What Does Your ADD/ADHD Look Like?


To the outside world, there will always seem to be something a little bit off about me. My ADHD may never make sense to those around me. But when others ask this is how I make them see:

The activity of my mind reminds me of an orchestra of the most talented musicians; first chair worthy performers,creative  and colorful lost in their own craft. The Orchestra gets it right some of the time, but for the most part there is little harmony and everyone’s playing their instrument over the others, pulling it together every now and then. The orchestra of the best musicians can’t get it right, because there is no maestro to take the lead. The most challenging symptom of my ADHD  The inconsistency my brain’s Executive Functioning make it difficult for me to sort and organize the details of the big picture.

I have come to accept the fact that I will need external supports to pull together the details that others deal with naturally and with little effort.

How do you discribe your ADD/ADHD to others so they can see?

2 thoughts on “What Does Your ADD/ADHD Look Like?

  1. I love the orchestra description — that’s exactly it. I’ve described my own ADHD many ways. I haven’t taken my meds this morning because I need to go to the pharmacy, so I’m not sure how coherent my answer will be, but if I don’t write something at this moment, I will forget and never come back to this question. If I imagine my brain, it’s like the contents of a tornado that has just lifted an entire community into its funnel — I suppose you could say that my brain IS the funnel. Inside of this funnel are large important pieces like houses and stores and trees and smaller pieces that are also important like pencils and pine cones and wood chips and straw and every other kind of debris, just a smorgasbord of stuff. With this smorgasbord, it’s like I need to take these contents and recreate a new community that is recognizable and functional and it’s beyond difficult for me. I have an idea of what this big jumbled thing should look like, but I’m not able to create it and actually make it happen. I have NO clue what I should prioritize first and no inkling into how much time I should spend on each task. Most likely I’ll spend entirely too much time collecting individual pieces of pine straw for say a flowerbed. In fact, if I have two hours to re-create a new community, i might start with these pieces of pine straw and spend an hour and forty-five minutes on this task when doing so does virtually nothing to create what I’m attempting. Then I would spend my last fifteen minutes frantically setting up stores, houses, and trees only to realize that I’ve wasted the majority of my time on a task (one flowerbed) that is not remotely important for the overall project (rebuild an entire community).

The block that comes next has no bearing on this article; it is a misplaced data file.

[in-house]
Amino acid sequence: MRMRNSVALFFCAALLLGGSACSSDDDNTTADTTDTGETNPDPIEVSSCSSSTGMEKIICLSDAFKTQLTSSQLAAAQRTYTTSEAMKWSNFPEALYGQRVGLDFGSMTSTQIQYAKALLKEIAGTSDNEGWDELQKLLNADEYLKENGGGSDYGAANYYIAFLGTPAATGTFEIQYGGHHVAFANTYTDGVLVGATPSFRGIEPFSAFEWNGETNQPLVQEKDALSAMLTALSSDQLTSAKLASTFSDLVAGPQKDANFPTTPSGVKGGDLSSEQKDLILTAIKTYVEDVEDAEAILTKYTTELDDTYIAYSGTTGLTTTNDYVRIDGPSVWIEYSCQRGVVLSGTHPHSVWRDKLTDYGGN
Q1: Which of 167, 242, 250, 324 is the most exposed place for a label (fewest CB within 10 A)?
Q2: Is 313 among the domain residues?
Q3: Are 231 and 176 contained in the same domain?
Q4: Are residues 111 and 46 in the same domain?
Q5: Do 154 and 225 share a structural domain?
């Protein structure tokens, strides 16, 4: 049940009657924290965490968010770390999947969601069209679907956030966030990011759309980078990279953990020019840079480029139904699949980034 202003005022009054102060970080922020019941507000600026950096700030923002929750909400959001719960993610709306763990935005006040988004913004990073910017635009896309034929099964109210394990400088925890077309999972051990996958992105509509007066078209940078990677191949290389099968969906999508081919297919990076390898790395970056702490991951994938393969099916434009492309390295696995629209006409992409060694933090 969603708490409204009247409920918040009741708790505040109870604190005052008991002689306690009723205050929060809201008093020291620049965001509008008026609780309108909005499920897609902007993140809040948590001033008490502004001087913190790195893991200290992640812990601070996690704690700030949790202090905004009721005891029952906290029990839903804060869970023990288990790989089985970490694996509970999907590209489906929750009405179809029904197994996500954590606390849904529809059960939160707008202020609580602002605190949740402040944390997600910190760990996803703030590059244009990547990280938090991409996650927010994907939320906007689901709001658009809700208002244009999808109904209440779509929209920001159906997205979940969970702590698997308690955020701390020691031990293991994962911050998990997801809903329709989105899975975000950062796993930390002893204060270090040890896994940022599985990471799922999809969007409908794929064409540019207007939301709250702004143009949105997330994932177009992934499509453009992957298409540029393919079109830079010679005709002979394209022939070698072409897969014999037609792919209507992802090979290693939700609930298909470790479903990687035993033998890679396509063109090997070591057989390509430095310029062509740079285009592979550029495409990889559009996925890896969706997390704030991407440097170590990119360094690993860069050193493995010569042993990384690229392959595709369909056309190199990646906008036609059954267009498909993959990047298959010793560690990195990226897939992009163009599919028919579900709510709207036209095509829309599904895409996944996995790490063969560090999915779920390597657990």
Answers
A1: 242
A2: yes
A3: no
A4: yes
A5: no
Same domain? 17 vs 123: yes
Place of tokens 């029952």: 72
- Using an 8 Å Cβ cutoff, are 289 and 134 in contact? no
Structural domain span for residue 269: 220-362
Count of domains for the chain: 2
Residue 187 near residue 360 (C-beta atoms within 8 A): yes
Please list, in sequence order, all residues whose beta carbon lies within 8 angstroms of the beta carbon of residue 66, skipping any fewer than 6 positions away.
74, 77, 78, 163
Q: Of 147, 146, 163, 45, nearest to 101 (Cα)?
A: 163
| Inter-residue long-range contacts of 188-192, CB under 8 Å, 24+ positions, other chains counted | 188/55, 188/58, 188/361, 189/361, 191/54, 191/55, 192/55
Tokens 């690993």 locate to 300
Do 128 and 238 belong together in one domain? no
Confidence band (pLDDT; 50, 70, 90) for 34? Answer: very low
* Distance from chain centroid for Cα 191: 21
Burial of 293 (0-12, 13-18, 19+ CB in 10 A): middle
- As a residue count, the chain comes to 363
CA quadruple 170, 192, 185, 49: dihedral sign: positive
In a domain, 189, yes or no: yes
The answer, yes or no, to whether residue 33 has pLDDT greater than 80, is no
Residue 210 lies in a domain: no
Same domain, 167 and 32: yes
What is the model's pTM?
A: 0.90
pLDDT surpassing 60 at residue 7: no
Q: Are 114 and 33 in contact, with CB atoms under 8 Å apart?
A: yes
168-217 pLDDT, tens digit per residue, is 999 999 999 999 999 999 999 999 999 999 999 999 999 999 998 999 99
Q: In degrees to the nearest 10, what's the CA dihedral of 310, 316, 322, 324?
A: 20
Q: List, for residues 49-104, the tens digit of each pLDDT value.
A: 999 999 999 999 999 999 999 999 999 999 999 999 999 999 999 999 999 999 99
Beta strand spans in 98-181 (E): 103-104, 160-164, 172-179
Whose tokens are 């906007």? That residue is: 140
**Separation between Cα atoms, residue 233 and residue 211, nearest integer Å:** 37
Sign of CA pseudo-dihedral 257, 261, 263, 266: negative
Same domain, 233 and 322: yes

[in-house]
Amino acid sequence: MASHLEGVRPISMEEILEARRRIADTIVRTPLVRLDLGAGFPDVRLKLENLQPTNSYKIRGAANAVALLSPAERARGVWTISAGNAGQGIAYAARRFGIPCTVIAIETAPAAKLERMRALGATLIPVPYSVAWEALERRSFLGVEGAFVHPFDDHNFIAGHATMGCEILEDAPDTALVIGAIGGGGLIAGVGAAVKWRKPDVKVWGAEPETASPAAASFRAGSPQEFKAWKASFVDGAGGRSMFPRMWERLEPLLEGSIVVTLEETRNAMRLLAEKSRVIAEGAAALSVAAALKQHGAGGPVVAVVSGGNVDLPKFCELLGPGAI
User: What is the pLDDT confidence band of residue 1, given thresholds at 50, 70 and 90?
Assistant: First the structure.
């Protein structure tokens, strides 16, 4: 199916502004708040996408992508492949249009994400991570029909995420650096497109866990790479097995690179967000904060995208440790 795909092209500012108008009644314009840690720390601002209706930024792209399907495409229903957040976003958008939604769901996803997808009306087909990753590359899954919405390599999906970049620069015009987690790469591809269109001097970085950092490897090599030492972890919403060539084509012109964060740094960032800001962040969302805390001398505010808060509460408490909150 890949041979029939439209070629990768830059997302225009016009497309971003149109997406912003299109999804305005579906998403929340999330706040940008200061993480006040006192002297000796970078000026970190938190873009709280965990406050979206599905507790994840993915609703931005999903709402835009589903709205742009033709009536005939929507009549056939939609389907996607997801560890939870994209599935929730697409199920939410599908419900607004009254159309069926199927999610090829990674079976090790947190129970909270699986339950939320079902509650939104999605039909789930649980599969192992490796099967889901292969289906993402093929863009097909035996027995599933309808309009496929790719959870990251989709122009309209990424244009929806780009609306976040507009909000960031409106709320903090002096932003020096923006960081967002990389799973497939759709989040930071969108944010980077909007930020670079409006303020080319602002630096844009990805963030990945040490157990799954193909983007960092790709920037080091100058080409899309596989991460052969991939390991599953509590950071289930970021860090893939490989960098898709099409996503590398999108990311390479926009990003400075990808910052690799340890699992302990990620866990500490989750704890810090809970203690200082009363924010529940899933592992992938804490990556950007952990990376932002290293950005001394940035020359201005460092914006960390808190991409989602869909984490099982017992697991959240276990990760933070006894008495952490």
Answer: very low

Another thing that I struggle with is understanding the big picture but not being able to separate the details. Often this makes me look like I know more than I do. For instance one time at work years ago, a group of us were brainstorming and it was the kind of day that great big things were popping into my head and then they were popping out of my mouth. Several upper-management people were there and were impressed with my vision. I was commended on my insight and creativity and then given the job to implement one of my suggestions. BIGGEST FAIL EVER. Looking back now knowing that I have ADHD, my first step would have been to select team members who were good with details and action-oriented. Instead I tried to do it all myself because I was young and inexperienced but mostly because I have ADHD and didn’t understand my limited executive functions.

    Many of my early failures still haunt me and make me doubt myself. I have reached a point where I realize that I do many things well, but I have to take into account HOW my brain works and know my strengths and my limitations.

    • Oh boy! What a PERFECT explanation. I saw myself in that storm girl lol! Gotta laugh to keep the negative thoughts away.
      I have so many similar work stories too. Only difference is most times I knew what would help get the ball rolling I was just too ashamed to admit that a woman with such a brilliant idea had no clue where to start…I’d just jump in and hide the truth. I may make it happen but the mental strain would cause me to stop at good enough and never think of where the brilliant idea could have gone because it was just too painful to revisit. I thought “why put yourself through that again” instead of facing my limits in order to bless the world with my God given brilliance…those stories still haunt me. I still struggle with the fear of being less than expected even though we all know we are our worst judge with the silliest expectations.

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